The Fugitive is a 1993 thriller film based on the 1960s television series of the same name. The story revolves around a doctor who is wrongly convicted for the murder of his wife, but escapes from custody and sets out to track down the real killer. Unlike many of the other films on this list, The Fugitive was a critical success and nominated for several academy awards. On a budget of $44 million, it grossed a cool $368,875,760.
6. Star Trek: $385.5 Million
The original Star Trek television series debuted in 1966, and proved so popular that it spawned an animated series, four other spin-off shows, and twelve films. The highest-grossing films are part of the recent reboot of the series undertaken by director J.J. Abrams. The simply-titled Star Trek and its sequel, Star Trek: Into Darkness, earned $385 and $467 million respectively, and were favourably received by critics. Another sequel is currently in the pipeline.
5. Sex and the City: $415.2 Million
After six seasons of Sex and the City, audiences had grown quite attached to Carrie, Miranda, Samantha and Charlotte. When the film was released in 2004, fans of the show turned up in their droves to see more of the sexually liberal, Cosmopolitan-drinking New Yorkers. A sequel was released in 2010, taking in over $300 million, and a prequel television series, the Carrie Diaries, aired for two seasons before being cancelled earlier this month.
4. Mission: Impossible: $457.7 Million
Mission: Impossible, with its catchy theme tune and thrilling action sequences, first won over audiences as a television show that ran for seven series between 1966 and 1973. It was made into a film starring Tom Cruise in 1996, and promptly broke box office records across the US. A number of sequels were then made, each hugely successful (the highest grossing being Mission: Impossible – Ghost Protocol, which earned almost $700 million in takings). A fifth movie is due to be released next year.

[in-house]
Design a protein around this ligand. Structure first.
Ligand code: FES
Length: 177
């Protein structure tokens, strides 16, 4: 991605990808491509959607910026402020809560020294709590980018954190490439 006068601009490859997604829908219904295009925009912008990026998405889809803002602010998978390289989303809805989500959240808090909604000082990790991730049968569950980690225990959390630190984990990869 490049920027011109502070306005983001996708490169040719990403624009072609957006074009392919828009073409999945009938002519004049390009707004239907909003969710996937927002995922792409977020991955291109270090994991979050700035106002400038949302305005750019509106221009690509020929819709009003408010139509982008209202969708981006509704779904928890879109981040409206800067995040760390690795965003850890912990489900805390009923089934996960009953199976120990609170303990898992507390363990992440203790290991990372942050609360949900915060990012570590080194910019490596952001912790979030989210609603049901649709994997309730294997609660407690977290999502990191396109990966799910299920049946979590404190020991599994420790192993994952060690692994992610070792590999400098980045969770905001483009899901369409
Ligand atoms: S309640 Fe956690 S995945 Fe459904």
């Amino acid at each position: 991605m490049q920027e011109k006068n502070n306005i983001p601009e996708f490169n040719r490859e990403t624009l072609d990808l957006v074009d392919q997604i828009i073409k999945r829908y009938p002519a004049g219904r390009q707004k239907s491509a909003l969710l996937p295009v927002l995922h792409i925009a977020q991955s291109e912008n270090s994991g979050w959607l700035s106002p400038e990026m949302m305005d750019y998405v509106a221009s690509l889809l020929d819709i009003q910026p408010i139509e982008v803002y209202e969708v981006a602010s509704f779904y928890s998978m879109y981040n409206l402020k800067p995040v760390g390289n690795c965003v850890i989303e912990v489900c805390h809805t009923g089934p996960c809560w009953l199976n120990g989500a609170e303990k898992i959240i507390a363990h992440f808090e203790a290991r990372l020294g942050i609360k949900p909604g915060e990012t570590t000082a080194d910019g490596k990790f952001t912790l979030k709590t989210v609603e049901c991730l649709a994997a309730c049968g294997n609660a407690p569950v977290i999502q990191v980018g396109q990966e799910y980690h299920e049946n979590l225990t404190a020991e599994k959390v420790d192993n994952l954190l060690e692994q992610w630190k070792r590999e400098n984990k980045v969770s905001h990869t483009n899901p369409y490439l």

3. The Simpsons Movie: $527.1 Million
Now in its 25th season, The Simpsons is the longest-running American cartoon ever. It revolves around a dim witted but well-meaning nuclear power plant worker, his wife and three children, as well as the other inhabitants of their home town of Springfield. Thanks to its irreverent humour and intelligent social commentary, it is often considered to be one of the best television shows of all time. Unsurprisingly, there was a huge buzz around the release of The Simpsons movie in 2007, and fans flocked to find out how their favourite dysfunctional family would fare on the big screen. Most were not disappointed – the film has a 90% approval rating on Rotten Tomatoes, and is widely critically acclaimed.
2. The Smurfs: $563.7 Million
The Smurfs are a colony of small blue creatures that were originally created by Belgian artist Peyo for a series of comic books that started in 1958. The comics were then picked up by Hanna-Barbera and adapted into an animated television series that was broadcast between 1981 and 1989. Two French-language cartoon films were made, but their success has been dwarfed by that of the 2011 semi CGI, semi live-action film. Despite being trashed for its slapstick humour and uninspired plot, The Smurfs, like Alvin and the Chipmunks, was a roaring success with children. The sequel, which was released last year, did not do as well as its predecessor, but still grossed a hefty $347 million.
1. Transformers: $709.7 Million
In 1984, Transformers captured the hearts and minds of children as a series of toys with moveable parts that allowed you to change an animal, vehicle or device into a robot action figure. That same year, Marvel created Transformers comic books, and an animated television series was launched. After several cartoon films were made, a live-action film featuring computer generated effects was released in 2007. Starring Shia LaBeouf and Megan Fox, the big-budget flick was a huge box office hit, as were its two sequels. When averaged to gross per film, it is the 4th highest-grossing film series ever, behind only Lord of the Rings, Harry Potter and Pirates of the Caribbean.